I give you…

The Pisa Dance!

The Pisa Dance

Gargoyles. I have a fascination with them, especially since they’re not common in New Zealand. Their purpose is to shoot water off a roof and away from the side of a building. In other words, a gargoyle is a fancy water spout.

They’re quite common on churches throughout England and Europe. My fascination means I’m always gawking up at the carvings and strange figures decorating the old buildings. Here are two we saw on the cathedral in Pisa.

Gargoyle Pisa Pisa_gargoyles

The bottom one isn’t a true gargoyle, but it’s certainly interesting with his sly expression and his tail.

Do you think gargoyles (i.e. gargoyle shapeshifters) make good heroes in romance novels? Or do you find the idea of a stone man a bit icky?

Look at that Tower. It’s Leaning!

Pisa_1

When you’re growing up you hear about the leaning tower in Pisa. You’ve probably seen pictures of the bell tower, but actually walking through the archway and seeing it in person is a “wow” moment. We’ve visited before when we were in our early twenties, yet it was just as magical seeing it again.

Pisa

The buildings are (from left to right) Baptistry, Cathedral, Bell Tower. The land on which they’re built is unstable and the bell tower started to lean as soon as it was built in 1173. This visit we didn’t have time to climb the tower, which is 294 steps, but last time we did puff our way to the top. At the time there were no railings and I worried about slipping on the marble and falling off the edge. The distinct tilt added to the sensation of unease!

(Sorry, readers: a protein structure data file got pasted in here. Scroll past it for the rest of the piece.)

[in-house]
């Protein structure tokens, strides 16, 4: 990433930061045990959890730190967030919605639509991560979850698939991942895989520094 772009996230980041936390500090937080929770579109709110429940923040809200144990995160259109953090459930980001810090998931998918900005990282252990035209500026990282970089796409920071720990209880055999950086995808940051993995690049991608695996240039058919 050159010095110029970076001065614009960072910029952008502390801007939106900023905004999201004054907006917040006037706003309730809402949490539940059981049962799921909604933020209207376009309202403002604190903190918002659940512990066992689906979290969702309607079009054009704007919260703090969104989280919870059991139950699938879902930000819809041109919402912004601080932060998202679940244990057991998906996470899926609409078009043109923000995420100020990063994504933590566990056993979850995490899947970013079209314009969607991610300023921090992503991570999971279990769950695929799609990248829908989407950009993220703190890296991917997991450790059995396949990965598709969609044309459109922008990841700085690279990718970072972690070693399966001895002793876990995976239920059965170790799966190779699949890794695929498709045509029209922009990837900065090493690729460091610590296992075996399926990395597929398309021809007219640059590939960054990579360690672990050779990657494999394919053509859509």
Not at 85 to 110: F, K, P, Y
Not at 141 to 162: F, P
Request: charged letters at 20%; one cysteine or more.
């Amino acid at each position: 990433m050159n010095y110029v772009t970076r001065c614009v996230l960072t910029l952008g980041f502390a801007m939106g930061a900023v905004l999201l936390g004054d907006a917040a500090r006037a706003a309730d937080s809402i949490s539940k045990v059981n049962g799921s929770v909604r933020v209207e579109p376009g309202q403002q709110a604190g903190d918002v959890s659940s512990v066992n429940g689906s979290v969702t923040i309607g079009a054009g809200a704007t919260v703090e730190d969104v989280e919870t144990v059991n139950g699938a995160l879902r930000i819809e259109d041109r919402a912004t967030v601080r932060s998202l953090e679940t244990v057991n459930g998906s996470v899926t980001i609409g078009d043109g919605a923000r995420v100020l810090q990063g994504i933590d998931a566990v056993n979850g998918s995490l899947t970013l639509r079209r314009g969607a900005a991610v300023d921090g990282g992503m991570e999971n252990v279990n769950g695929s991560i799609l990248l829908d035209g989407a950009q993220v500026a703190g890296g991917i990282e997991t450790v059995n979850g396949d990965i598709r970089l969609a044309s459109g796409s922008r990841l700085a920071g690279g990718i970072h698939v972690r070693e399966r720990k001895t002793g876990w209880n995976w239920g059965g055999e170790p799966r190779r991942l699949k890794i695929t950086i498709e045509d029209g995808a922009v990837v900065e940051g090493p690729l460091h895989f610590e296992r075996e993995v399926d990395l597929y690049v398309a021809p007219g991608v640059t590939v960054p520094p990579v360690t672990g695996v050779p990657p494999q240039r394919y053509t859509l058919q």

Pisa_Shelley 

And here’s another photo of me standing in front of the Leaning Tower of Pisa. Our visit took place early in the morning and there weren’t many people. By the time we left the crowds were starting to arrive and the rain was coming down. The young boys selling umbrellas made a killing. We’re the proud owners of a souvenir Pisa umbrella. We had a fun visit.

Eze–Exploring a French Medieval Village

The pretty medieval village of Eze in France is a bustling place. While in the past people chose to live in this isolated village, these days it’s full of tourists. They scurry down the narrow, cobblestone lanes, explore the myriad art galleries and linger in the restaurants and bars. I know because I was one of them!

Eze_FranceEze_France Eze_ArtistGalleries Eze_narrow streets 

The village seems to cling to the top of the hill and reminded me of an eagle’s eyrie. Impractical, I thought, but the truth is the high elevation gave the locals warning and protection from pirates who struck up and down the coast.

We traveled from Monaco via bus, along winding, narrow roads that barely seemed wide enough for two vehicles to pass each other. A warning to those who don’t like heights – make sure to take an aisle seat on the bus. For those who don’t mind, the views are incredible.

Besides shopping, there’s a church to explore plus the remains of a castle at the very top of the village. The bare ground around the ruins has been planted with cacti and succulents. It’s a pleasant place to wander and admire the view.

Eze_view from succulent gardens

Eze_Shelley

After exploring, we relaxed with a glass of wine and snacked on olives drizzled with a basil-flavored olive oil. Delicious! The perfect end to a lovely day.